Lois Berg Stack, who worked for 30 years as an ornamental horticulture specialist, retired from the University of Maine Cooperative Extension in January.

I haven’t counted, but I think she is the source I have used most often since I began writing the Maine Gardener column in March 2004, whether I was attending lectures she gave around New England or calling her up to pick her brain. I had heard about her long before I started the column because my wife, Nancy, has been an active member of the Garden Club Federation of Maine for all of the 30 years Stack was with the Extension and always raved about Stack’s lectures.

I’ve held onto the notes from a 15-minute talk on New England’s indigenous fruiting trees and shrubs that Stack gave in February 2015 at New England Grows in Boston, thinking that if I ever had a week in which I couldn’t think of a column idea or if one requiring interviews fell through, I would use the notes for a back-up column.

The back story of the lecture is that New England Grows is a huge, usually three-day event for landscapers, nursery professionals, lawn guys, suppliers of granite, suppliers of anything to do with gardening and so on. That morning someone else was supposed to give this talk – I can’t remember who. But that was the winter Boston and New England Grows both got slammed with record-setting snow during the event. Stack filled in, smoothly and knowledgeably, as always.

After her talk, I asked how long she had to prepare. She said she organized the talk while walking the 100 yards from the New England Extension’s booth to the lecture hall lectern, which, she said, explained why the plants were arranged in roughly alphabetical order. She just pulled them out of the plant catalog that exists in her head – which would be a nice thing to have.

Now is a good time to make use of these notes, both because she is retiring and because I want to keep emphasizing how important native plants are to supporting native wildlife, which evolved along with these plants. All these indigenous fruiting trees and shrubs are hardy in all of Maine, Zones 3 to 6, with some even okay in Zone 2, which is a couple hundred miles north of Maine’s northern border. (For other Stack fans, I interviewed her just before she retired for a future column on plant names. Coming to you soon in this space.) Stack praised two native aronias, but favors Aronia melanocarpa, or black chokeberry, and hoped more people would begin growing it commercially.


“Black chokeberry has more antioxidants than any other fruit I can think of,” she said. The problem is that the berries do not taste good if eaten raw, so they have to be made into juices or jams to be edible.

Both the black chokeberry and red chokeberry, Aronia arbutifolia, have attractive white flowers in the spring in addition to their berries; the black berries are larger and hold on longer in winter.

The plants are adaptable to many different soil types. They grow 8 to 10 feet tall and 6 feet wide.

Amelanchier, or serviceberry, is an excellent substitute for the non-native crabapples, Stack said.

“It gives us the same thing the crabapple does: flowers, fruit, fall color and architectural branches in winter,” she said.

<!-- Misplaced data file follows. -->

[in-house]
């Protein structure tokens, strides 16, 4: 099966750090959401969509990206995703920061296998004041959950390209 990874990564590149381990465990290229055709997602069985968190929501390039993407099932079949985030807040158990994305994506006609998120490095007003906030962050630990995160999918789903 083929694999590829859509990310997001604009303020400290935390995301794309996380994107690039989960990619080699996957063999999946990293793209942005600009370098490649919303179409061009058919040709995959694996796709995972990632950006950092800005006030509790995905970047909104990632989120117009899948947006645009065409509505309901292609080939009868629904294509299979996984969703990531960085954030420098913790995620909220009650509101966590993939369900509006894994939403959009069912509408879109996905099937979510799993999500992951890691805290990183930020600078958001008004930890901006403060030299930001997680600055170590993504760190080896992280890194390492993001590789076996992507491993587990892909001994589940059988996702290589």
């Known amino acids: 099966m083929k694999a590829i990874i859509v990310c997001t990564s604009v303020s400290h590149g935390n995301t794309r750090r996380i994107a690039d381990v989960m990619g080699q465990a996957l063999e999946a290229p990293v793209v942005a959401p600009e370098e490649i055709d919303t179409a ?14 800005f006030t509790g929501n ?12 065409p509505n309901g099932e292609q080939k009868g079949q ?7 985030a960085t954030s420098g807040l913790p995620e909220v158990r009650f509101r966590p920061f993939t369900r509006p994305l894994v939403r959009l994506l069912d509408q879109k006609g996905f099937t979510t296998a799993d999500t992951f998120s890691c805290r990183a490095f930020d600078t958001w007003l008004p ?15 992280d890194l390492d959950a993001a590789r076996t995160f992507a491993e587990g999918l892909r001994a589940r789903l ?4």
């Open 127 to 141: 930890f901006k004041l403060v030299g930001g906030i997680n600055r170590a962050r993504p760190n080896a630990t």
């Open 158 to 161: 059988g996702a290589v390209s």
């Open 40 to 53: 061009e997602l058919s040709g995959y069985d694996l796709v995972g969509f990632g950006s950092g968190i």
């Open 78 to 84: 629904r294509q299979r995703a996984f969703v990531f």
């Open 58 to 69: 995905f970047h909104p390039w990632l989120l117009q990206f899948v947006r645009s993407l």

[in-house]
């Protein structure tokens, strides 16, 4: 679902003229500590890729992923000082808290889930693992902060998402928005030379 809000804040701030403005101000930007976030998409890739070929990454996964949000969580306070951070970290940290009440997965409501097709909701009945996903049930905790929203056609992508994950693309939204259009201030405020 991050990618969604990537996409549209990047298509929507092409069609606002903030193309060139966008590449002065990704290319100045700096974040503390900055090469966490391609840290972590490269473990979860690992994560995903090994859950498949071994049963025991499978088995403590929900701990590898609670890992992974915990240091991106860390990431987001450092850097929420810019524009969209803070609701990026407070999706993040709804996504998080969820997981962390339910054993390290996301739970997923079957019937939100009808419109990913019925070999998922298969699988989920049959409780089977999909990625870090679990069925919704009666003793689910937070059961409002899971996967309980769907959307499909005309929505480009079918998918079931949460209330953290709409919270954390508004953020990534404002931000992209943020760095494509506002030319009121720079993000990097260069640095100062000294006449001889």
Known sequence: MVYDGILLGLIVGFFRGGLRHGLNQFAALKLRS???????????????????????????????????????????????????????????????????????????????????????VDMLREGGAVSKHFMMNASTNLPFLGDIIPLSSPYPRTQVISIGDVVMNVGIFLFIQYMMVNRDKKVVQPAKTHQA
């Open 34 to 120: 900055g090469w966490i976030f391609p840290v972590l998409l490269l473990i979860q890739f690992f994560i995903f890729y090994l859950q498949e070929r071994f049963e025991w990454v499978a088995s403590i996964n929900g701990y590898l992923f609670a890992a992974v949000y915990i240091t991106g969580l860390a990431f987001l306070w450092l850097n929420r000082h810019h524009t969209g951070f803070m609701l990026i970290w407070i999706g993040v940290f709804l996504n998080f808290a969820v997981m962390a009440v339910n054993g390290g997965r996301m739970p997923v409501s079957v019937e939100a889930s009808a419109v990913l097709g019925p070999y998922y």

The white flowers bloom in early spring, and the berries ripen in June and are tasty if you can get to them before the birds do. Amelanchier does well in wetlands but also grows in drier soil.


American hornbeam is not usually included as a fruiting tree, but technically speaking it is, and Stack said she included it in her talk for its ornamental values. It grows about 22 feet tall, is multi-stemmed but classified as a tree, and tolerates a wide variety of soils.

The fruit arrives in late summer as what she described as “curiously bracted fruitlets,” with a leafy bract hanging over the tiny fruits, which are inedible except by birds. The bracts stay on the tree, and change from light green to yellow, while the leaves turn a reddish purple – providing an array of colors on one tree.

The Cockspur hawthorn, Crataegus crusgalli, is a thornless version of a native hawthorn, so this is the one you want if children are going to be playing nearby. Hawthorn thorns, which can be attractive in winter and protect the fruit, can grow as much as 4 inches long. It is a small tree, reaching about 25 feet tall, with spreading branches making it about 30 feet wide. It flowers profusely in May or June and produces small fruit that is edible but mealy. The fruit persists during winter and is a great forage plant.

The beach plum and sand cherry, Prunus maritima and Prunus pumila, are two related plants that offer terrific flowers that pollinators love.

“When they are in bloom it looks like the plant is moving because there will be thousands of pollinators on a single plant,” Stack said.

If you want fruit in addition to the blossoms, you will need more than one prunus plant that bloom at the same time, so they can cross-pollinate. In addition, all of the native plum family get a black knot fungus, but she said you can prune it out without much trouble.

Vacciniums, which include high-bush and low-bush blueberries as well as cranberries, have white blossoms in the spring and delicious fruit in August. Everybody should grow several in their yards both for the delicious fruit and for the spring blooms and brilliant fall foliage.

New England Grows has changed its meeting dates to the beginning of December. I doubt that the date change is due to the blizzards in Boston in March in recent years. Heaven knows who will be staffing the New England booth instead of Lois. She will be missed.

Tom Atwell is a freelance writer gardening in Cape Elizabeth. He can be contacted at 767-2297 or at: tomatwell@me.com.

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